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POPE, Judge.
Wrongful death. Jones Superior Court. Before Judge Prior.
On July 17, 1968 Alonzo Boyington was born to appellee who was then unmarried and who has never been married to appellant, the child's biological father. On March 30, 1981 the child died as a result of injuries sustained in an automobile collision. Although appellant's paternity is undisputed, at the time he died the child had never been legitimated, nor had appellant ever initiated legal proceedings to accomplish such legitimation.
The law firm of Groover & Childs brought suit on behalf of appellant and appellee to recover for Alonzo's wrongful death. Settlement of the action resulted in a net amount of $65,000. Due to a dispute between appellant and appellee, the law firm filed a petition for interpleader to determine disbursement of the amount of settlement as between appellant and appellee. The responsive pleadings reflect appellee-mother's claim of entitlement to the entire amount, or, in the alternative, to one-half and by cross-claim to the remainder for unpaid support for the twelve years of the child's life. By virtue of his paternity, appellant-father asserts his entitlement to one-half of the settlement amount, and by cross-claim he claims $30,000 in damages based upon allegations of appellee's malicious use and malicious abuse of process. Summary judgment was granted to appellee-mother under her claim of entitlement to the entire $65,000.
1. Appellant appeals the grant of summary judgment. The parties agree that the single issue in the present appeal is whether the father of an illegitimate child may maintain or recover in an action for the wrongful death of that child. In support of his assertion of entitlement to recovery of proceeds of such tort claim, appellant-putative father relies upon OCGA 19-7-1 (Code Ann. 74-108), the statute governing recovery for the homicide of a child. See OCGA 51-4-4 (Code Ann. 105-1307). Appellant argues that substantive changes in the wrongful death statute made by the General Assembly in the past few years provide for the putative father to share in the recovery and to maintain a cause of action for the wrongful death of his illegitimate child. After a careful review of the history of the statute, we must agree.
"The right to bring a wrongful death action did not exist under common law. It is statutorily given." Hughes v. Parham, 241 Ga. 198, 202-3 (243 SE2d 867) (1978), affd. Parham v. Hughes, 441 U. S. 347 (99 SC 1742, 60 LE2d 269) (1979). Prior to 1979, the right of recovery for the wrongful death of a child belonged to the mother. Only if no mother survived was this cause of action available to the father of the deceased child. See Ga. L. 1887, p. 43-45. In 1952 the General Assembly explicitly provided for recovery by the mother of a deceased illegitimate child by amending the wrongful death statute with the following: "In suits by the mother the illegitimacy of the child shall be no bar to a recovery." Ga. L. 1952, p. 54.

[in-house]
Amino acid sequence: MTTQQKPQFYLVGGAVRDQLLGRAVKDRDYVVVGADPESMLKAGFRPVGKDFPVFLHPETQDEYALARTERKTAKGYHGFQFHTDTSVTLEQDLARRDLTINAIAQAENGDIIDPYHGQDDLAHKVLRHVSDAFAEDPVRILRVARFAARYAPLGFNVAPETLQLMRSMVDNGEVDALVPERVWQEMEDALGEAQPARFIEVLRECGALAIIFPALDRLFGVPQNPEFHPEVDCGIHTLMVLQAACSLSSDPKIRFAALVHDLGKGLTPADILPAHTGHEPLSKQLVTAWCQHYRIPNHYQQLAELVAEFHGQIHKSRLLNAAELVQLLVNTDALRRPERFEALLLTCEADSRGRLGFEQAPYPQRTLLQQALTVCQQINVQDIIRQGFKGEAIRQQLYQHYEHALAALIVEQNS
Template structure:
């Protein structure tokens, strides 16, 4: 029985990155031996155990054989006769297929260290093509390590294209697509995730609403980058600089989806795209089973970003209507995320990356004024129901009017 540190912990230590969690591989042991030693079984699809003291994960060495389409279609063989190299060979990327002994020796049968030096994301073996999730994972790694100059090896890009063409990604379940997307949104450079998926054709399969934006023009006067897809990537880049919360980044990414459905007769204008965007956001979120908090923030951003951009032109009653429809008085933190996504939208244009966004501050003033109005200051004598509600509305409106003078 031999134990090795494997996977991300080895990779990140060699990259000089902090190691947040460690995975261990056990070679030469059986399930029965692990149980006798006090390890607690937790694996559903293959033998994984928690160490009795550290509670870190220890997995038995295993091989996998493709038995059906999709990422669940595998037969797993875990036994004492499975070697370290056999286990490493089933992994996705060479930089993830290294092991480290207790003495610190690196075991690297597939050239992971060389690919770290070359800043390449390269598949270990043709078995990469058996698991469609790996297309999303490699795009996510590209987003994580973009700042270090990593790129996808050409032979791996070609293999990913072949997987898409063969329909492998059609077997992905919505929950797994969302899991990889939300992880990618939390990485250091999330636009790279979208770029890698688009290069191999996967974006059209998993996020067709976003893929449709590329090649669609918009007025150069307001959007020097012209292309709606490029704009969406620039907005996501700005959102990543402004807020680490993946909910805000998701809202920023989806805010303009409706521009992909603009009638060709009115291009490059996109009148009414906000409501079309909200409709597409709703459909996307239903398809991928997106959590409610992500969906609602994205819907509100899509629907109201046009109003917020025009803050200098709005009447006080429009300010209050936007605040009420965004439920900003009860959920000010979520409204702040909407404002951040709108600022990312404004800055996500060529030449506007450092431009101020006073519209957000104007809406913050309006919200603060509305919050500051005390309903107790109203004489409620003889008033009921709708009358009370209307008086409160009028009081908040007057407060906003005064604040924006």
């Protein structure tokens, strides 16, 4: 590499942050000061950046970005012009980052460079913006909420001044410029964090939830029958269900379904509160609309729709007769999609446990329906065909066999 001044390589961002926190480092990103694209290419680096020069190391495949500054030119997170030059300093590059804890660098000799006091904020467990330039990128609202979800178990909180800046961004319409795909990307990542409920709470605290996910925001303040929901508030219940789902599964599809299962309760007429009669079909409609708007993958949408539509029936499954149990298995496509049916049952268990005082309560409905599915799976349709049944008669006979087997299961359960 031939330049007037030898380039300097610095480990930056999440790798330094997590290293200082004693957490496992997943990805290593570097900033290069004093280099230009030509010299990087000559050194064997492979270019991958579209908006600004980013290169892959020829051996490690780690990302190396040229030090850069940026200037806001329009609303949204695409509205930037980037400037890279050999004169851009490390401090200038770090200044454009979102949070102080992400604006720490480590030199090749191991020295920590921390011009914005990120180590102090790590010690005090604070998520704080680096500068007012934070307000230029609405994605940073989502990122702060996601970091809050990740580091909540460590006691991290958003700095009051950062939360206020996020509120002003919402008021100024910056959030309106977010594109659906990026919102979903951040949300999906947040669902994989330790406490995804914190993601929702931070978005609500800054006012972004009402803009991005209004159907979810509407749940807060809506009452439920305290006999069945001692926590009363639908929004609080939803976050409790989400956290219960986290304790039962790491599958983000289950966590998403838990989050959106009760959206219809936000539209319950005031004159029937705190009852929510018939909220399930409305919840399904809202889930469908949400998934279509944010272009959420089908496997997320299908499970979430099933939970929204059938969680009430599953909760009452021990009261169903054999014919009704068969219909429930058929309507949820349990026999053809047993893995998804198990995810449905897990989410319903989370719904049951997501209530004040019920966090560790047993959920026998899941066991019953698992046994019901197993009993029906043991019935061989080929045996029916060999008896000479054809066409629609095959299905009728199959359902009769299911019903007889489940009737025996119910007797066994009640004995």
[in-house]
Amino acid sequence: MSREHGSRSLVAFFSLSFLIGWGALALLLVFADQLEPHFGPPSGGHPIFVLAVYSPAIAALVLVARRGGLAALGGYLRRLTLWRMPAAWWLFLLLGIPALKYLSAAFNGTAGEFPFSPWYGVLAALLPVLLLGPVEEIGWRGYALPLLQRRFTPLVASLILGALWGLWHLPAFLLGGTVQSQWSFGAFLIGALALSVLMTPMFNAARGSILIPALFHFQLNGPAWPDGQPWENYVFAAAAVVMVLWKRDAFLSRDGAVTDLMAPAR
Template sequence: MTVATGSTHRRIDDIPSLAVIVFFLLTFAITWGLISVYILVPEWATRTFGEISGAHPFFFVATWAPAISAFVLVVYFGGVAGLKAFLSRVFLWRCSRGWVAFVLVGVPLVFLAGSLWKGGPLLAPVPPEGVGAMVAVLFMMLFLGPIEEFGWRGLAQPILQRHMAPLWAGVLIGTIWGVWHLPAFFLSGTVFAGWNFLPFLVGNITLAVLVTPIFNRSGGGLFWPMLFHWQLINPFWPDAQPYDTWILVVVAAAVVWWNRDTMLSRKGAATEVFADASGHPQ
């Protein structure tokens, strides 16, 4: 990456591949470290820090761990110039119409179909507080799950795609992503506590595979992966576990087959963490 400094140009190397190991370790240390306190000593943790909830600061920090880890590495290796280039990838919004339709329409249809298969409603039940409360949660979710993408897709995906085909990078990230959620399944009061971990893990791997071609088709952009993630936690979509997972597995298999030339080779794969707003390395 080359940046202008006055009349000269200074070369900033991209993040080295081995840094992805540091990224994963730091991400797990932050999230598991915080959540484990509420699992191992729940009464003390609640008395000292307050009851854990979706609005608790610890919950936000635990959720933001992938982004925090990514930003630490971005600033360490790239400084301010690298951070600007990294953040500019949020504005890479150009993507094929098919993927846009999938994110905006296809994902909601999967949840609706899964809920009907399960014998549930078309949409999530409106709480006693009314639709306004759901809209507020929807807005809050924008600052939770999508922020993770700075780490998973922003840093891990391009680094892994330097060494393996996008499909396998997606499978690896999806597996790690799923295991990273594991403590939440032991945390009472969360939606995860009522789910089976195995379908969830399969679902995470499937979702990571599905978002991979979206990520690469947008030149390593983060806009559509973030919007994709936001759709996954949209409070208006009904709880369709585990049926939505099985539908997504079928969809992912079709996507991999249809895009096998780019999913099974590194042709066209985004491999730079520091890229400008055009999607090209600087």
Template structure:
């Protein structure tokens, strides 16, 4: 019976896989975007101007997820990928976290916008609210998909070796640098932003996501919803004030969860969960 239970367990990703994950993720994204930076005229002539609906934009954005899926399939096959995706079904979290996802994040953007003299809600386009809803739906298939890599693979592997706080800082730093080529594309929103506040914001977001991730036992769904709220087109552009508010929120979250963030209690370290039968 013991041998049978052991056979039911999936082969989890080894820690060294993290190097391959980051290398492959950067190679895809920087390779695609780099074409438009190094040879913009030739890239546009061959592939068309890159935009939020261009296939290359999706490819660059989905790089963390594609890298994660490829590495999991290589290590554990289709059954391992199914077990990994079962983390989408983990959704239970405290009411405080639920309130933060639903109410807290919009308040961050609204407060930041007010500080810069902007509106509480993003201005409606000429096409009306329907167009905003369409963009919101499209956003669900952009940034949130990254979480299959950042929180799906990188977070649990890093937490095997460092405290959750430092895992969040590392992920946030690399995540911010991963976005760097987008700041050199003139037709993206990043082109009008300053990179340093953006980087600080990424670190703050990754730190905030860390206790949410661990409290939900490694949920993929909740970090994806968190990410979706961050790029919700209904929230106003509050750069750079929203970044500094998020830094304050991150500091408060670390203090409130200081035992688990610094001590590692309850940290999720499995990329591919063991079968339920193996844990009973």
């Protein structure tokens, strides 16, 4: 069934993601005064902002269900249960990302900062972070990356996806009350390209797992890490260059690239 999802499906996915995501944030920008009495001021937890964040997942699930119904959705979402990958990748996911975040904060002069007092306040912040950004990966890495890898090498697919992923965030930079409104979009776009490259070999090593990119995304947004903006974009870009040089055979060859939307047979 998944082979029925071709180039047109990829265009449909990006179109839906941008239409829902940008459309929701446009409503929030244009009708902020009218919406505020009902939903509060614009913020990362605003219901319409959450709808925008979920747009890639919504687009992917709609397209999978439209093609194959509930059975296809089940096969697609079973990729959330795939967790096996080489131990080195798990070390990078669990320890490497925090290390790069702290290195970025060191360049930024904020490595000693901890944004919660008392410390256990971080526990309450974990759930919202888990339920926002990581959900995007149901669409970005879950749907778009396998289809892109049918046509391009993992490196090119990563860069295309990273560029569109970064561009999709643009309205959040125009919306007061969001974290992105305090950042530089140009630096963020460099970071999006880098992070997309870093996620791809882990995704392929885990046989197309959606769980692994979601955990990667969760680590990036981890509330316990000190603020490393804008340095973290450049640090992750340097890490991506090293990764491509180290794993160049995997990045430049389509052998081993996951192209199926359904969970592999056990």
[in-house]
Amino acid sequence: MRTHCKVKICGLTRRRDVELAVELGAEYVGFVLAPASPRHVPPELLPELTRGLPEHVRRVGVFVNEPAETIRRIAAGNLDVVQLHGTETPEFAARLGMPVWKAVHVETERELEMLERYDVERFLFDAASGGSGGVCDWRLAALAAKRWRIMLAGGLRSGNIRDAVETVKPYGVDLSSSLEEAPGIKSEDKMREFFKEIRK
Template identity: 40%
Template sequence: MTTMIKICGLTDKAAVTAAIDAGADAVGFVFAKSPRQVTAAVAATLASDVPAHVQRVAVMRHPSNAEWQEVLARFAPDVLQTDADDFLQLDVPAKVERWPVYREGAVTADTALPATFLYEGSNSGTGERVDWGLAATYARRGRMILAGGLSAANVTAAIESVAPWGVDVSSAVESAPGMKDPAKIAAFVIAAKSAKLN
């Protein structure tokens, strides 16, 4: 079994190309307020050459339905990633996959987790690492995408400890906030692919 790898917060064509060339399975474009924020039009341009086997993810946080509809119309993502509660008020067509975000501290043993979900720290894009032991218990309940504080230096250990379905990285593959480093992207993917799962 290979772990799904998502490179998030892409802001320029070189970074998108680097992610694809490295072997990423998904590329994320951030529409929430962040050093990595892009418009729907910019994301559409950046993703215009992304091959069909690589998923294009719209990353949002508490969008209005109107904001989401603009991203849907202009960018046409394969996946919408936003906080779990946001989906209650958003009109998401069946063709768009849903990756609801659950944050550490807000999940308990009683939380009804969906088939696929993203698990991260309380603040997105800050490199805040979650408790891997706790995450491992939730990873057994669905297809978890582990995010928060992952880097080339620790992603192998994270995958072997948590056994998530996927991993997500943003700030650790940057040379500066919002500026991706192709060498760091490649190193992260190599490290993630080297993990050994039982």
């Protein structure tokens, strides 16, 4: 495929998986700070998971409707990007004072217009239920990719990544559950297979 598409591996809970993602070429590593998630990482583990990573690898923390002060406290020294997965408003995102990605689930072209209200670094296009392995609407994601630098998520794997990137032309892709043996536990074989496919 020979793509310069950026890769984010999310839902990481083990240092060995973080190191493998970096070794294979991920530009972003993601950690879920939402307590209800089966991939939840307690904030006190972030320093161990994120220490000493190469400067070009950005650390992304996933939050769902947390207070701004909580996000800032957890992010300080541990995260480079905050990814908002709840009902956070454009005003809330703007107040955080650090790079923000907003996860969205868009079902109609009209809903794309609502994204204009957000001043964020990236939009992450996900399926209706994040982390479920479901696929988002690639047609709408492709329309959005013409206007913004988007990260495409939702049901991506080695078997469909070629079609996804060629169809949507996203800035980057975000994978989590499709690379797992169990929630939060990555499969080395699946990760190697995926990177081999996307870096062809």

Further amendment in 1979 recognized a right of recovery for the wrongful death of a child to be in the parents. Ga. L. 1979, pp. 466, 494. Additionally, the reference to suits by the mother of an illegitimate child was deleted and, instead, amended to read: "In suits for recovery, the illegitimacy of the child shall be no bar to recovery." Id. (presently codified at OCGA 19-7-1 (c)(5) (Code Ann. 74-108)). Our Supreme Court has recently commented that the aforementioned changes made in the wrongful death statute in 1979 provided "parents with a cause of action for the wrongful death of an illegitimate child. . . ." Edenfield v. Jackson, 251 Ga. 491, 492 (306 SE2d 911) (1983). The most recent reincarnation of the applicable wrongful death statute was passed in 1980 (see Ga. L. 1980, p. 1154) and is presently codified at OCGA 19-7-1 (c) (Code Ann. 74-108). Regarding tort recovery for the homicide of a child, the statute provides in pertinent part: "(1) In every case of the homicide of a child, minor or sui juris, there shall be some party entitled to recover the full value of the life of the child . . . (2) If the deceased child does not leave a spouse or child, the right of recovery shall be in the parent or parents, if any, given such a right by this paragraph." Subsections (A) and (B) provide for joint recovery for married parents living together and sole recovery for the surviving parent where the other is deceased. Subsection (C) applies to the situation presented in this appeal: "If both parents are living but are divorced, separated, or living apart, the right shall be in both parents." (Emphasis supplied.) Further, the caveat prohibiting consideration of illegitimacy as a barrier to recovery remains a part of the statute. OCGA 19-7-1 (c)(5) (Code Ann. 74-108).